In accordance with further aspects of one embodiment of the present invention, the flow controller comprises a first end and a second end. When the pneumatic valve is coupled to the pneumatic system, the first end is exposed to a first fluid pressure substantially equal to a pressure within the pneumatic system and the second end is exposed to a second fluid pressure substantially equal to atmospheric pressure. In accordance with still further aspects of one embodiment of the present invention, the pneumatic valve includes a vent to maintain the second fluid pressure at a substantially constant level.
In accordance with yet still further aspects of one embodiment of the present invention, the housing extends outward to partially shield the vent so as to substantially impede the entrance of contaminates through the vent and into the housing, while still allowing the vent to maintain the second fluid pressure at a substantially constant level.
In accordance with additional aspects of one embodiment of the present invention, the flow controller is biased toward the first end by a biasing member. In accordance with further additional aspects of one embodiment of the present invention, the biasing member is a spring that provides a predetermined pre-load upon the flow controller. The pre-load counteracts the first fluid pressure to bias the flow controller into the closed position, while permitting the flow controller to actuate into the open position when the first fluid pressure creates an opposing load to overcome the pre-load.
In accordance with still further additional aspects of one embodiment of the present invention, the pneumatic valve further comprises a plurality of guides formed with the housing for engagement with the flow controller. The plurality of guides engage a portion of the flow controller without substantially impeding fluid flow through the housing when the pneumatic valve is coupled to the pneumatic system and the flow controller is actuated between the open and closed positions. In another embodiment of the invention, the pneumatic guide includes three or four guides formed with the housing and spaced from each other for engagement with the flow controller.
In other aspects of one embodiment of the present invention, the housing is contoured in a predetermined shape, such that an axis extending longitudinally through the outlet is substantially perpendicular to an axis extending longitudinally through the housing. In still other aspects of another embodiment of the present invention, the predetermined shape of the housing is substantially oval in cross-section. In yet still other aspects of one embodiment of the present invention, the housing is formed from a non-metallic material.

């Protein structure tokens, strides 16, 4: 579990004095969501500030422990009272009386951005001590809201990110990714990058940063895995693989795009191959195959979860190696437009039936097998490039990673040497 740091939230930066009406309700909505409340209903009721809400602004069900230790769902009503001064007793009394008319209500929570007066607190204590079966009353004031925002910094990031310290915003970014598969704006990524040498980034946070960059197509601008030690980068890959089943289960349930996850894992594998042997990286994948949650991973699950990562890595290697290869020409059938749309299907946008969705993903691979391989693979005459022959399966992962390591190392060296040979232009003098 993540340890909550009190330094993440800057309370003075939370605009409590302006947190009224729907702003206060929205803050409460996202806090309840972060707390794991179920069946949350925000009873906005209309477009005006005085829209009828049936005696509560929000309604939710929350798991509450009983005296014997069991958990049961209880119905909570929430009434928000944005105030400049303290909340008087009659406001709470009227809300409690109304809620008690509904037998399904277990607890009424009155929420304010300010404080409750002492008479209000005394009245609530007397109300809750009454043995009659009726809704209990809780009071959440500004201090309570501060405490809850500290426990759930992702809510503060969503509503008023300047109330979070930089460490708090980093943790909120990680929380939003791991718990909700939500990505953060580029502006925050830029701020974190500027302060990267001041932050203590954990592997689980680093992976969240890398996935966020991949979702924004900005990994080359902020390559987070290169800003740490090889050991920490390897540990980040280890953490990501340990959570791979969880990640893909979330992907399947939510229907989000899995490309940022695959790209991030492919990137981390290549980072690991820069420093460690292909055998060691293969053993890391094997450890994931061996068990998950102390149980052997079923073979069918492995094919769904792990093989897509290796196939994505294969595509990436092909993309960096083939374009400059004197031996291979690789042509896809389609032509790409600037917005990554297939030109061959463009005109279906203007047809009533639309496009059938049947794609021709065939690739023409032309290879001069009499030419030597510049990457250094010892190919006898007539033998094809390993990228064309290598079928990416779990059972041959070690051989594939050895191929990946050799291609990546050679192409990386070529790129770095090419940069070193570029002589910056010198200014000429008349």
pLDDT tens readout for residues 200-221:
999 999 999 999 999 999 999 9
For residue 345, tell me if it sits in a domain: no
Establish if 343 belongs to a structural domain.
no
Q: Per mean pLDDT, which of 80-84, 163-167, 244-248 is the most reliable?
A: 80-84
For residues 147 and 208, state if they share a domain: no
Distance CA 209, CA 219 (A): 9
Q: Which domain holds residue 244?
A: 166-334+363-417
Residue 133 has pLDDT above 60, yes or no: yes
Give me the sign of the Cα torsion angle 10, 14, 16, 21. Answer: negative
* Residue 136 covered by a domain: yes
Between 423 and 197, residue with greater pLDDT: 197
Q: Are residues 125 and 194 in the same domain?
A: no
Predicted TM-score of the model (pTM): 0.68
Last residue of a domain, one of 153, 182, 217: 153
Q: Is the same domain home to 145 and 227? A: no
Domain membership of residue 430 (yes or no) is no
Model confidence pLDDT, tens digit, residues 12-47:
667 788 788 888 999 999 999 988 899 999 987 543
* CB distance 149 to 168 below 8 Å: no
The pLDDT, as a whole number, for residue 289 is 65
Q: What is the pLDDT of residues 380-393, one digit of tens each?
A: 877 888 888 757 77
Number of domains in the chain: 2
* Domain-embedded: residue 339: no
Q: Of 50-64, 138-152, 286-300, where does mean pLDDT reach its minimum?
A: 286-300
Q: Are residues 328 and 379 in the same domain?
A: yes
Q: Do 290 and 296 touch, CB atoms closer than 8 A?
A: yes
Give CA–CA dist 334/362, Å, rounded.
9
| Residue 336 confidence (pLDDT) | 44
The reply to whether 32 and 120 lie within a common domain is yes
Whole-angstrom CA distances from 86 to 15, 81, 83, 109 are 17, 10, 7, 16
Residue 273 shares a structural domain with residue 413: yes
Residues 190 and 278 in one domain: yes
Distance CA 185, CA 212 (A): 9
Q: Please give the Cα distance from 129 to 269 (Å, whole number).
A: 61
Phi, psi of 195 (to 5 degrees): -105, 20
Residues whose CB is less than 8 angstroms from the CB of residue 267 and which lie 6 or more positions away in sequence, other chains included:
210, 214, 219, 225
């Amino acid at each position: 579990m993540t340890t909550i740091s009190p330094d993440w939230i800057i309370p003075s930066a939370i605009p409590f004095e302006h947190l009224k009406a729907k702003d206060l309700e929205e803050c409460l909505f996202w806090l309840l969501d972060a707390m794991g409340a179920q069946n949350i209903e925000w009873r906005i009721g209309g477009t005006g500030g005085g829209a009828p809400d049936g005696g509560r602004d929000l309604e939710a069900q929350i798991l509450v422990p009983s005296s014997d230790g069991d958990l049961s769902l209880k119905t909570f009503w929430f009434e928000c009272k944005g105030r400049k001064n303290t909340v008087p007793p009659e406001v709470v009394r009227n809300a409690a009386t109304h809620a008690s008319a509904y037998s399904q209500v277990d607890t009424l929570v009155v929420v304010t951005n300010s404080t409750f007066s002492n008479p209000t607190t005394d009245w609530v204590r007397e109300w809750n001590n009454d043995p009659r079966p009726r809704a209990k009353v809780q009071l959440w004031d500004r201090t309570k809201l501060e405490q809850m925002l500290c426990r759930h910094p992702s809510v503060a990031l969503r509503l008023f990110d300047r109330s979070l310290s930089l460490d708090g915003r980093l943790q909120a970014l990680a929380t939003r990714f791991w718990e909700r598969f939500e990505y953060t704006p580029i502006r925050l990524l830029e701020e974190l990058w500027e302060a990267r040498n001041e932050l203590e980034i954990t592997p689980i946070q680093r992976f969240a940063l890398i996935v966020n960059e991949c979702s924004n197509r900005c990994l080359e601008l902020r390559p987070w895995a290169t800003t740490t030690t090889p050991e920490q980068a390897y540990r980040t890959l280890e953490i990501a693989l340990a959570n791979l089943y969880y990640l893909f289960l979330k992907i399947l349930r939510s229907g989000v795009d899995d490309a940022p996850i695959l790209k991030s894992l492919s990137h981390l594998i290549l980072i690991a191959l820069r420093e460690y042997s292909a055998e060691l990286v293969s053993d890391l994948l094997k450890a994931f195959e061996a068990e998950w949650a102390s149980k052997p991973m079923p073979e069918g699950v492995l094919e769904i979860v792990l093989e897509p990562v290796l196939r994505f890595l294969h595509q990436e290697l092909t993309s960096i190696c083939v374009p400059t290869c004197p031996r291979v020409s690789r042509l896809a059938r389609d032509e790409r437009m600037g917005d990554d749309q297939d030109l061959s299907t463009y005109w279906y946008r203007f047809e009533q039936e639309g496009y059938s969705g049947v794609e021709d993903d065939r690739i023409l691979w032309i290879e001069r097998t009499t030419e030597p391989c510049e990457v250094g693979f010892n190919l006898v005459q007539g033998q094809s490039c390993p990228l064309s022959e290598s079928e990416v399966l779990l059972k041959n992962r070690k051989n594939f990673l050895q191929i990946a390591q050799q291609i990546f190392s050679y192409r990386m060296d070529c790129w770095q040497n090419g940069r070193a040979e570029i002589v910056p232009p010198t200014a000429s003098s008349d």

The foregoing aspects and many of the attendant advantages of this invention will become more readily appreciated by reference to the following detailed description, when taken in conjunction with the accompanying drawings, wherein:
Referring now to
The base 14 is an oval-shaped structure mounted perpendicularly to the central axis of the main housing 12. In the preferred embodiment, the base 14, main housing 12, and inlet and outlets 16 and 18 are integrally formed from a rigid material, such as glass-filled nylon, by injection molding. Integrally forming the inlet and outlets 16 and 18 reduces the number of fittings mechanically coupled to the main housing 12, thereby reducing the potential for leaks and failures.
A mounting aperture 24 is located at one end of the oval shape of the base 14. The mounting aperture 24, consisting of a perpendicularly-oriented bore, is formed in the base 14. A bushing 26, preferably of a non-corrosive, rigid material—such as zinc-plated steel, stainless steel, or aluminum—is press-fit within the aperture 24 to provide structural strength for securely mounting the PPV 10 valve to a frame of the motor vehicle, air tank, or other structure of the motor vehicle.
In light of the above description of the outer elements of the PPV 10, the inner elements of the PPV 10 will now be described. Referring now to
The pressure contained within the inlet chamber 30 acts upon a head 38 of a piston 40. When the inlet pressure is within operating parameters, the piston 40 is urged outward from the inlet chamber 30, as will be described in more detail below. As the piston 40 moves a predetermined distance, it allows the pressurized air in the inlet chamber 30 to be released into the outlet chamber 32.
The outlet chamber 32 is defined by the inner surface of the main housing 12 and is oval-shaped in cross section. The outlets are coupled in gas flow communication to the outlet chamber 32 through corresponding outlet ports 42. The pressure within the outlet chamber 32, during normal operation, is substantially equal to the inlet pressure; however, it may at times be slightly less due to friction losses and expansion of the pressurized air as the air travels past the piston 40.